Wednesday, October 11, 2017

The Grand Canyon of Texas

An Amazing State Park
by Martha Rogers

Palo Duro Canyon is a well kept “secret” in Texas and is the second largest canyon in the country in the heart of the Texas Panhandle, second only to the Grand Canyon. Many people have never heard of the canyon, but it is a place of immense beauty and comes upon you so suddenly as you drive toward it that it literally takes your breath away. The first time we saw it was as a family in
1972, and I was completely and utterly amazed.

The canyon is believed to have been formed in the Pleistocene age at a Dog Town Fork tributary of the Red River.  People have inhabited the canyon for as long as 12,000 years. They hunted large herds of mammoths and giant bison within the canyon walls. Later tribes such as Apache, Comanche and Kiowa lived off the abundant resources in the canyon. They left behind rock art and bedrock where they found roots and beans to grind for food.

The name is said to come from the early Spanish Explorers, and the name is Spanish for hard wood referring to the mesquite and juniper trees there.

The formations found there were deposited or formed during the Permian and Triassic periods. The oldest is the Quartermaster Formation which comprised the red, lower slopes of the canyon. Next is the Tecovas Formation which is a multicolored Triassic unit of shale, siltstone, and sandstone that was deposited in varying oxidizing conditions giving them color. This formation also contains the remains of prehistoric amphibians and fish.

The third formation is the Trujillo and forms many of the canyon’s ledges. It is composed of coarse sandstone, but fossils are rarely found here. The fourth and last is the Ogallala Formation which was formed from late Miocene to early Pliocene ages. Fossils of saber-toothed cats, mastodons, horses, and long-necked camels may be found here.

A battle between the U.S. Army and the southern Plains Indians was fought there in a war in 1874. The war lasted about a year. The battle in the canyon was a decisive one for the army troops on September 28, 1874. The Indians were defeated, and with no horses or supplies, they had no choice but to return to the reservation. Soon after that, the reign of the Native Americans over this area of Texas ended.

The canyon was also the site of many of Charles Goodnight’s trail drives which I wrote about in July and August. One of the ranches of that era still operates today. The JA Ranch is owned by the descendants Goodnight’s partner, John Adair.

One of the Longhorn cattle driven on the trail. 

The land lay wild and open to all who wanted to try and eke out a living in the canyon until 1933 when the state bought the land from Fred S. Emory. Not long after that, the Civilian Conservation Corps workers arrived and spent five years creating a park.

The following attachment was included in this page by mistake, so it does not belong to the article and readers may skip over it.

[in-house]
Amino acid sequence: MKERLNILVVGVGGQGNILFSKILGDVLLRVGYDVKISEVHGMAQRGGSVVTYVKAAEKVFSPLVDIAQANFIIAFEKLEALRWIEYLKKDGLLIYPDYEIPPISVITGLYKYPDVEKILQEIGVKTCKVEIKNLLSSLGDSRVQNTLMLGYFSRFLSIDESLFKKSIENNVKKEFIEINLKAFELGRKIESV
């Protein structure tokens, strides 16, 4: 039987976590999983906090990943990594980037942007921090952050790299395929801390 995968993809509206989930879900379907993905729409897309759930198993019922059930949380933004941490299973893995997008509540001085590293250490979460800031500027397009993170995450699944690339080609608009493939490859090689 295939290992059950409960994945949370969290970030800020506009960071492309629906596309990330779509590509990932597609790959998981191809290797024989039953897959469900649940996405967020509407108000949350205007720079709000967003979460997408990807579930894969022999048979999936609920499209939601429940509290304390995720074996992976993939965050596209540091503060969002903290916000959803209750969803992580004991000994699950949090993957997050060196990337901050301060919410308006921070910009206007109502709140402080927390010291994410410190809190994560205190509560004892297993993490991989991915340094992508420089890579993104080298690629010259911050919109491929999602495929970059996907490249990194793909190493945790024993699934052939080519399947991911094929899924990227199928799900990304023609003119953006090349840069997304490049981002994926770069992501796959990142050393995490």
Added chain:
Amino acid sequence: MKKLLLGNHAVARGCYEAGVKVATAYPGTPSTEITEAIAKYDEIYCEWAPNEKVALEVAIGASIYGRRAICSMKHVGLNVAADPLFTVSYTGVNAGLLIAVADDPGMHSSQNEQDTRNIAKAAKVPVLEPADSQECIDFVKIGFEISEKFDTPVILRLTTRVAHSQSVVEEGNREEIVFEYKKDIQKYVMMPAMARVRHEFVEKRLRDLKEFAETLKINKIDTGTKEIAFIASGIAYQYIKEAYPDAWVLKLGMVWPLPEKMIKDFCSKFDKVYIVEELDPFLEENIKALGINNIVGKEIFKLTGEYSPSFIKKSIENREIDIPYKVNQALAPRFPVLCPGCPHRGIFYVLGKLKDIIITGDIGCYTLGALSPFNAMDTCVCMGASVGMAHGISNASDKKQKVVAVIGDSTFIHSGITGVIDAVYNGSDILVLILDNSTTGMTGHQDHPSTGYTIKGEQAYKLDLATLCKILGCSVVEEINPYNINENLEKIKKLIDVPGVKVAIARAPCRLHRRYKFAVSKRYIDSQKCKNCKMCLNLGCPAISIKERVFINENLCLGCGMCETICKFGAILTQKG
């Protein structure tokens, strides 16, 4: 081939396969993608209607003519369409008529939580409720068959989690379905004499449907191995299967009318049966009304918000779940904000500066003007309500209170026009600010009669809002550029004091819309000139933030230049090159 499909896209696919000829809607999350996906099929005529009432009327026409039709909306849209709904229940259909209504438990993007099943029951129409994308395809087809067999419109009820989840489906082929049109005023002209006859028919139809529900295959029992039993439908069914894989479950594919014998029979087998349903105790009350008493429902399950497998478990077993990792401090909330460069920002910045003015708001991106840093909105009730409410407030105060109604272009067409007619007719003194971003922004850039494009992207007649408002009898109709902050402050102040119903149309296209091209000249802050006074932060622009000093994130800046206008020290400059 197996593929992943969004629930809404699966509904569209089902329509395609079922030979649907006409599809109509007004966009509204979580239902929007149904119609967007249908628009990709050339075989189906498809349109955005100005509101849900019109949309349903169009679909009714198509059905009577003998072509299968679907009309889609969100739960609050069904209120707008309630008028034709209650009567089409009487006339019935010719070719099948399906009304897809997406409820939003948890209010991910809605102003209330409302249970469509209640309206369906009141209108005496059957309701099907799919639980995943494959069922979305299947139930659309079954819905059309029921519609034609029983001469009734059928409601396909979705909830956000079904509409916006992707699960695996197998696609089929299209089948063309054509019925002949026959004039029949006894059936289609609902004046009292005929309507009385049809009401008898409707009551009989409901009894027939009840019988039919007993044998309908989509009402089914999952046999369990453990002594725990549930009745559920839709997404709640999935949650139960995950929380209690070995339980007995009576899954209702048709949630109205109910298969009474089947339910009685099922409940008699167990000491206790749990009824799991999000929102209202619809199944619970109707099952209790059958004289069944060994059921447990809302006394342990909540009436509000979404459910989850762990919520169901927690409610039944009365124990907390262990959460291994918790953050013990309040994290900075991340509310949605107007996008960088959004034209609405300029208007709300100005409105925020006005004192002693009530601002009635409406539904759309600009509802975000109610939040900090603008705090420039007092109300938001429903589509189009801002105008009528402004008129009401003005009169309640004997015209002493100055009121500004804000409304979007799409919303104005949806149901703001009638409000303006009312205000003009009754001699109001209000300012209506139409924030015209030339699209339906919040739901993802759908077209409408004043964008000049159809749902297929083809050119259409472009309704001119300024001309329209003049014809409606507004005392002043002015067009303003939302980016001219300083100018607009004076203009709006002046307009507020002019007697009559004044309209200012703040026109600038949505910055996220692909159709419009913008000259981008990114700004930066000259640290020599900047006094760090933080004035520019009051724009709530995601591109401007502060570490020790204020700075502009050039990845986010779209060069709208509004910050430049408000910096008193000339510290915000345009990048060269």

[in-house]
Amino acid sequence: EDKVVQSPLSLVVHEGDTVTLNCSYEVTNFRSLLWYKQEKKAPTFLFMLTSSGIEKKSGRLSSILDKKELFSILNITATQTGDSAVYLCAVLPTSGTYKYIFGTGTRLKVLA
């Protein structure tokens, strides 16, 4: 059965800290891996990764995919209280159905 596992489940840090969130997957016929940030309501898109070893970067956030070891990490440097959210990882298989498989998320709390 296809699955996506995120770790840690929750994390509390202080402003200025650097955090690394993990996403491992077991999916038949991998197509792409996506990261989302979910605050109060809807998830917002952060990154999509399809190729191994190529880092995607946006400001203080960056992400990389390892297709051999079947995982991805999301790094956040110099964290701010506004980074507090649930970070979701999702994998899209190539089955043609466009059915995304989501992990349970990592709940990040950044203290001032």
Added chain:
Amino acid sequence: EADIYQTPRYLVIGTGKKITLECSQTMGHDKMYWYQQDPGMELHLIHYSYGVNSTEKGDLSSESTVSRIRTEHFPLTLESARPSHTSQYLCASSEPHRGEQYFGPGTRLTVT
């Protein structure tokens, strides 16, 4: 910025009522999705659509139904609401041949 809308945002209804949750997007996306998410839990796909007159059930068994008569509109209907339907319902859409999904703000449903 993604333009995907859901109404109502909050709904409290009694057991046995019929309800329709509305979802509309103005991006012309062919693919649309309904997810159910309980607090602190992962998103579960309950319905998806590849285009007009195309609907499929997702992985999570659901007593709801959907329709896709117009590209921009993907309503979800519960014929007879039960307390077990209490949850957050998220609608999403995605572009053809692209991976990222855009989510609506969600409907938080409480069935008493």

The men built a winding trail road to the canyon floor and used it to hike in and out of the canyon until the park work was done. The CCC added a lodge which is now the visitor center as well as cabins on the rim and the canyon floor. Local stone and wood was used in the structures as well as decorative metal and
handcrafted furniture.  

The park was opened even before completion in 1934. At 28,000 acres, it is the second largest state park in the state parks systems. Today it has more than 30 miles of hiking, biking and equestrian trails. Campsites have electricity and water or they may be primitive drive-up sites. Cabins also are rented on the canyon’s rim with four limited service cabins on the canyon floor.

One of the "cabins." 

One of the most loved features is the musical TEXAS performed at the Pioneer Amphitheater in the park. The musical portrays the stories, the struggles, and the triumphs of early setters.

This is probably one of the most photographed areas besides Lighthouse Rock. (See in picture at top) It is the entrance to the park.

Find out more about the canyon here:

Martha Rogers is a multi-published author and writes a weekly devotional for ACFW. Martha and her husband Rex live in Houston, Texas where they are active members of First Baptist Church. They are the parents of three sons and grandparents to eleven grandchildren and great-grandparents to four. Martha is a retired teacher with twenty-eight years teaching Home Economics and English at the secondary level and eight years at the college level supervising student teachers and teaching freshman English. She is the Director of the Texas Christian Writers Conference held in Houston in August each year, a member of ACFW, ACFW WOTS chapter in Houston, and a member of the writers’ group, Inspirational Writers Alive.

Find Martha at:


  1. Thank you Martha. I love reading about the treasures of Texas and Palo Duro Canyon is certainly one of them.

    1. When my sister and I drove to Colorado, we had to go through Amarillo from Dallas. I couldn't wait to show it to her. It's an amazing place.

  2. Wow! That would be a neat place to visit!

    1. The first time I saw it, I couldn't believe something like that was really in Texas. Thanks for stopping by.

  3. Beautiful pictures with a great post.

  4. What a cool place Martha, and one I'd never heard of. Those cabins look really cool. Wonder what they're like on the inside? Wouldn't that be a neat place to stay?

    1. I've wondered the same thing, Marilyn. We stayed at a hotel in Amarillo, but I told my sister I wish we had known about the cabins.